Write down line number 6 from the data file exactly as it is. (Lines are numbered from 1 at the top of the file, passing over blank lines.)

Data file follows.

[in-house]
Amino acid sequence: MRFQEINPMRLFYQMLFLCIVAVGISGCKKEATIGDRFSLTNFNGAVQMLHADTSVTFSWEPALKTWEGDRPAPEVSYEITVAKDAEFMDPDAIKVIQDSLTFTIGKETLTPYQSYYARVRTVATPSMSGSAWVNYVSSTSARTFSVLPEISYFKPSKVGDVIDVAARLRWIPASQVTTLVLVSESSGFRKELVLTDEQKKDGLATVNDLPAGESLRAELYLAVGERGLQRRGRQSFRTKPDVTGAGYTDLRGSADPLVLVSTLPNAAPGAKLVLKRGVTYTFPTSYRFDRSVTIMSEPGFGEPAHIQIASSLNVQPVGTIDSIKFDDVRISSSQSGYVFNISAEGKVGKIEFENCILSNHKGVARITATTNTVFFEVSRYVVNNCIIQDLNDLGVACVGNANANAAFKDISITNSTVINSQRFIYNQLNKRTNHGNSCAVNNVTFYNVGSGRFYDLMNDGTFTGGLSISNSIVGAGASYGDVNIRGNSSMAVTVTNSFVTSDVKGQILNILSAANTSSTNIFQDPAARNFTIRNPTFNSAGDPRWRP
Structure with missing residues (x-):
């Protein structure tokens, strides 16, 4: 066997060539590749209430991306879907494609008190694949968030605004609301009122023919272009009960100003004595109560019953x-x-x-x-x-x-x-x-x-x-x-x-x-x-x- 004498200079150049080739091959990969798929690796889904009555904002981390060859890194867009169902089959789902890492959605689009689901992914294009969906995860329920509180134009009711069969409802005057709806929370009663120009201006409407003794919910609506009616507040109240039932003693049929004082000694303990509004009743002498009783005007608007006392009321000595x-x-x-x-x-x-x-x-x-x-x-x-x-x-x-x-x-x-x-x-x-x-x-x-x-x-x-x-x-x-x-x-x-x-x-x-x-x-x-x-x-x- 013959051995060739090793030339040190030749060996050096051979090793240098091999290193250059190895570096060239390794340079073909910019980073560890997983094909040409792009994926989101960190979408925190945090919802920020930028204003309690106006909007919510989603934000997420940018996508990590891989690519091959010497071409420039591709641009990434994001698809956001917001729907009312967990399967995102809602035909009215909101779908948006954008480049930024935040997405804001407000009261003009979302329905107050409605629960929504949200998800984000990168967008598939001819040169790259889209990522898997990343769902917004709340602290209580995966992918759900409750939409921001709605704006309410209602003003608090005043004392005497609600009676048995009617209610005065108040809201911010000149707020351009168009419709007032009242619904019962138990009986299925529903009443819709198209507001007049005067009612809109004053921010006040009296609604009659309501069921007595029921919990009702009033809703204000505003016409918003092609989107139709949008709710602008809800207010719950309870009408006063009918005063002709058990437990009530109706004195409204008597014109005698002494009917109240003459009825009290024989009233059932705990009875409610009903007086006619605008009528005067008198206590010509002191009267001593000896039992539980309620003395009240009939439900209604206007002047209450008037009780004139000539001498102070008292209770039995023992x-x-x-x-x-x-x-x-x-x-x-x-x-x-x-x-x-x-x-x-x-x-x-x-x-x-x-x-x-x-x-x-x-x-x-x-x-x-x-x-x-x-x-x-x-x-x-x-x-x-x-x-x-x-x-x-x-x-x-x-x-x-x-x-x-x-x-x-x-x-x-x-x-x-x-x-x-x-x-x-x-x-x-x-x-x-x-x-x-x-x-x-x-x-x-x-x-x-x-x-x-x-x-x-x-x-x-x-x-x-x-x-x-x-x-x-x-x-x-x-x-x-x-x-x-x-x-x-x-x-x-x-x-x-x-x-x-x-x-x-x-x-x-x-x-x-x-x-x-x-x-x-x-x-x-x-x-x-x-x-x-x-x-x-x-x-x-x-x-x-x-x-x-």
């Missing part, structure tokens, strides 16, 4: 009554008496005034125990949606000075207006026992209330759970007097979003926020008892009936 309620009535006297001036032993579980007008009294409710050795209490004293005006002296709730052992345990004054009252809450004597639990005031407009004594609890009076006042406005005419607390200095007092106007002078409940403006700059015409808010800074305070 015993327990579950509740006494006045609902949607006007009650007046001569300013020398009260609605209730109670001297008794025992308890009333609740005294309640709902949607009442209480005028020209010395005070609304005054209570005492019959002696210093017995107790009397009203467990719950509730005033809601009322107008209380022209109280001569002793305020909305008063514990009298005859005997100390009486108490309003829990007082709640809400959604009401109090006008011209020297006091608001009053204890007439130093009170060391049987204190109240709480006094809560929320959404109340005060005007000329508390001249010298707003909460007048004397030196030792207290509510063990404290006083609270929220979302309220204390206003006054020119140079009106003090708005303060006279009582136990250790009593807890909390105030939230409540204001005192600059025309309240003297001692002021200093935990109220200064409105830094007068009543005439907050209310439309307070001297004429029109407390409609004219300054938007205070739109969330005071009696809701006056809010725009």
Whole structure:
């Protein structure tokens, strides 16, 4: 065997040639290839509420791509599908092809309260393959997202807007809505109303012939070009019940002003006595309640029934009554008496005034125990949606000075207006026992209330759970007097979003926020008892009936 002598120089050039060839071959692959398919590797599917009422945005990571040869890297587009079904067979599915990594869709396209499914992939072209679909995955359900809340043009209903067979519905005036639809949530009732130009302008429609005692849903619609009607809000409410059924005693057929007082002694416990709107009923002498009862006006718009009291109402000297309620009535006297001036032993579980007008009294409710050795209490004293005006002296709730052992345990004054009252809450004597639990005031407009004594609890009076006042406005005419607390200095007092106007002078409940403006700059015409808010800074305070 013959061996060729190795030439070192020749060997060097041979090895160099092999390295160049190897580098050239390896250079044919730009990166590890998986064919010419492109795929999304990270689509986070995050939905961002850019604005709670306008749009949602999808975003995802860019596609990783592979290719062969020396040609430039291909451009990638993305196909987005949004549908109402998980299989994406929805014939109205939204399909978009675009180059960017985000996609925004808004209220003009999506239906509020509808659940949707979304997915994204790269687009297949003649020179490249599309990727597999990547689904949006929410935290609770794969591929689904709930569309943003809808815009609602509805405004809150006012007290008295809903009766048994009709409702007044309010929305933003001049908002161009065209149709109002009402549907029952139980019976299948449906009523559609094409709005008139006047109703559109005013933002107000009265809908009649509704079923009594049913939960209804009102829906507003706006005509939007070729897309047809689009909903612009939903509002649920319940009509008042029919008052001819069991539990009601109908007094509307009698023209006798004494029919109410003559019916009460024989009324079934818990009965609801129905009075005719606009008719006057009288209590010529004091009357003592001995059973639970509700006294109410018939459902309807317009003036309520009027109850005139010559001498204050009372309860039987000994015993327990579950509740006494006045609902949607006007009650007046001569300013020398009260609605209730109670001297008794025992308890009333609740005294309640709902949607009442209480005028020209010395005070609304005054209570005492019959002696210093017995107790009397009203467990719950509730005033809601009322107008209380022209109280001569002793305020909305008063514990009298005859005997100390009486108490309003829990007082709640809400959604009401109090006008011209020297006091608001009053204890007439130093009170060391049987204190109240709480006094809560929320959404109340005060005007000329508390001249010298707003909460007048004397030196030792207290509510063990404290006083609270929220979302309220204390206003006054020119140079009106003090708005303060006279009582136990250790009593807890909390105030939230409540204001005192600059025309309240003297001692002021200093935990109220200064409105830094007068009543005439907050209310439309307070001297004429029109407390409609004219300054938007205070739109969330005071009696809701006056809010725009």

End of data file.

Whole structure: